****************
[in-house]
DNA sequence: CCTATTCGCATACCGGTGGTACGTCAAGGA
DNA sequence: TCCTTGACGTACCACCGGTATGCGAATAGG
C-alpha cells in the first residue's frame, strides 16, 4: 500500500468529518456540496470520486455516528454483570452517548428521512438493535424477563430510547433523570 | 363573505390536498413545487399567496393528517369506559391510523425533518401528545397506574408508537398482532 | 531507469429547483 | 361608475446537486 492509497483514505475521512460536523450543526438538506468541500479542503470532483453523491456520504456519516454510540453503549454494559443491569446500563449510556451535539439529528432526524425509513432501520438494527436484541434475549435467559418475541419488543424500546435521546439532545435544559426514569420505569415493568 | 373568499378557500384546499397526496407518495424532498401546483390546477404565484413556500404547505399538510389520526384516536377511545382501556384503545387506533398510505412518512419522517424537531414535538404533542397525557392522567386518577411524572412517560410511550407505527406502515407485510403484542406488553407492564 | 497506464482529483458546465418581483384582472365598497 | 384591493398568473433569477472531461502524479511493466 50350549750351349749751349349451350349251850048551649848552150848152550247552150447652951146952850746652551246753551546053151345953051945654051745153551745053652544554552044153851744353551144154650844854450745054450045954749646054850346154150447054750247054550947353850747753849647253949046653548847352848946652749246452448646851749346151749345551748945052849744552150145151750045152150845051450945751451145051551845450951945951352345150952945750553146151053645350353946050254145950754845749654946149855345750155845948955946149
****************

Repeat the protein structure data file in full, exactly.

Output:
[in-house]
DNA sequence: CCTATTCGCATACCGGTGGTACGTCAAGGA
DNA sequence: TCCTTGACGTACCACCGGTATGCGAATAGG
C-alpha cells in the first residue's frame, strides 16, 4: 500500500468529518456540496470520486455516528454483570452517548428521512438493535424477563430510547433523570 | 363573505390536498413545487399567496393528517369506559391510523425533518401528545397506574408508537398482532 | 531507469429547483 | 361608475446537486 492509497483514505475521512460536523450543526438538506468541500479542503470532483453523491456520504456519516454510540453503549454494559443491569446500563449510556451535539439529528432526524425509513432501520438494527436484541434475549435467559418475541419488543424500546435521546439532545435544559426514569420505569415493568 | 373568499378557500384546499397526496407518495424532498401546483390546477404565484413556500404547505399538510389520526384516536377511545382501556384503545387506533398510505412518512419522517424537531414535538404533542397525557392522567386518577411524572412517560410511550407505527406502515407485510403484542406488553407492564 | 497506464482529483458546465418581483384582472365598497 | 384591493398568473433569477472531461502524479511493466 50350549750351349749751349349451350349251850048551649848552150848152550247552150447652951146952850746652551246753551546053151345953051945654051745153551745053652544554552044153851744353551144154650844854450745054450045954749646054850346154150447054750247054550947353850747753849647253949046653548847352848946652749246452448646851749346151749345551748945052849744552150145151750045152150845051450945751451145051551845450951945951352345150952945750553146151053645350353946050254145950754845749654946149855345750155845948955946149